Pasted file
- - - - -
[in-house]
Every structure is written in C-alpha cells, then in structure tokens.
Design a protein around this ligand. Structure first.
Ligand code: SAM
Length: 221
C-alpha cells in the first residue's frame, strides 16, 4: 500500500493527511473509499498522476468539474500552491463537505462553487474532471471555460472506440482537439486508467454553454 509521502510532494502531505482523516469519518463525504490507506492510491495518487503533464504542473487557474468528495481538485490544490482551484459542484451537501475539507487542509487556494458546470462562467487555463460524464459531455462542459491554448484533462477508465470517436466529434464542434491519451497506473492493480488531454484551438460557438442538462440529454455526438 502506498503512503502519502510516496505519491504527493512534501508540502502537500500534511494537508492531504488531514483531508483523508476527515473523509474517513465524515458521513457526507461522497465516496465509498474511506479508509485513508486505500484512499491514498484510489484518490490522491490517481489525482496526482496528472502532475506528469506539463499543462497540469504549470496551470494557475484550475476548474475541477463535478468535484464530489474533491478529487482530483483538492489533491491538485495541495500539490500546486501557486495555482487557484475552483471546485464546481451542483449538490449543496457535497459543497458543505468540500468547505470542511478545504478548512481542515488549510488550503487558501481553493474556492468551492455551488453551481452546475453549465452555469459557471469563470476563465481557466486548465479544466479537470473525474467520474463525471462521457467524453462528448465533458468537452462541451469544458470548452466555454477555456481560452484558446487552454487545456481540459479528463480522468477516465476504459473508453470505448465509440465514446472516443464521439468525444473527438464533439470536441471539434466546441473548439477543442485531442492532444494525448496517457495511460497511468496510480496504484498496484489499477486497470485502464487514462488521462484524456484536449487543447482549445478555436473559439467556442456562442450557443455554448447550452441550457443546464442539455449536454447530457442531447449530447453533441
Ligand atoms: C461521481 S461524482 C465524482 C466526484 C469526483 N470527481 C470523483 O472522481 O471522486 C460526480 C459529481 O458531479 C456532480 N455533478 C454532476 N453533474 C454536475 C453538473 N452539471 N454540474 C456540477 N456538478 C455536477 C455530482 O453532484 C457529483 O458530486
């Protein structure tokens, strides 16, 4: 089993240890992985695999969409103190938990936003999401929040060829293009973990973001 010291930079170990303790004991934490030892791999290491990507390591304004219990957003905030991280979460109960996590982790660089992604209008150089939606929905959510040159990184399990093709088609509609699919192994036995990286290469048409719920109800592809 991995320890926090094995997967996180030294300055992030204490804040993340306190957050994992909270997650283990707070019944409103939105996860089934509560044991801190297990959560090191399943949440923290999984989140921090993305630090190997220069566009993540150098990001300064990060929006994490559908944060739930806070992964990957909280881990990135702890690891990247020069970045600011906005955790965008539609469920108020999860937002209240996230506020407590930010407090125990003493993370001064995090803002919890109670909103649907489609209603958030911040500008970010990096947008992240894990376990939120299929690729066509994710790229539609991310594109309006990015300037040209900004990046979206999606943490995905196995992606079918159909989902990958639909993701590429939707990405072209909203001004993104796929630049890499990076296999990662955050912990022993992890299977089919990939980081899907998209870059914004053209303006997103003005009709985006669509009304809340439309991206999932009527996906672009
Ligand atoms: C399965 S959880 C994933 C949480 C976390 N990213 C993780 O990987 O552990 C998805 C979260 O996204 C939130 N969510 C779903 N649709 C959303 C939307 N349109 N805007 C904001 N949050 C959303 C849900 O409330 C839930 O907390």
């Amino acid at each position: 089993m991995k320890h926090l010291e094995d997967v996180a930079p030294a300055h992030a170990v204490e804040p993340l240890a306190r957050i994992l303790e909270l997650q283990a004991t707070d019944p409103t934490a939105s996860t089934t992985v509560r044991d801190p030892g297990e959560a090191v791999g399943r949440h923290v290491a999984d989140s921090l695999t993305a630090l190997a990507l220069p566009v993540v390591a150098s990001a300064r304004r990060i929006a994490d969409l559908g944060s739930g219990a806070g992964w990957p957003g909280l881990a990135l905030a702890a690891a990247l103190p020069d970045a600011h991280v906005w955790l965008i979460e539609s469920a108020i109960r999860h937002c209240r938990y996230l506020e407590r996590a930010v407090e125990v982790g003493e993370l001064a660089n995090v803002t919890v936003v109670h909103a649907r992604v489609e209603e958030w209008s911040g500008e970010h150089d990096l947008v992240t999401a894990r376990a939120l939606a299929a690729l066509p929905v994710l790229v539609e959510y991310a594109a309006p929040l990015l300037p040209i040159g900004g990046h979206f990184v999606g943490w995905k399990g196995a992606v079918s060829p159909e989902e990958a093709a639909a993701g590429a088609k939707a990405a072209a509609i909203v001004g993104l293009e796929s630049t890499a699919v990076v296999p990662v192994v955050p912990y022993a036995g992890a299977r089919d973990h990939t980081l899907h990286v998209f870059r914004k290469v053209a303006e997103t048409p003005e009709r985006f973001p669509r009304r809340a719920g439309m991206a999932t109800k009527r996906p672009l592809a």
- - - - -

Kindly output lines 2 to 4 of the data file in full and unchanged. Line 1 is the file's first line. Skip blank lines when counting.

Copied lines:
Every structure is written in C-alpha cells, then in structure tokens.
Design a protein around this ligand. Structure first.
Ligand code: SAM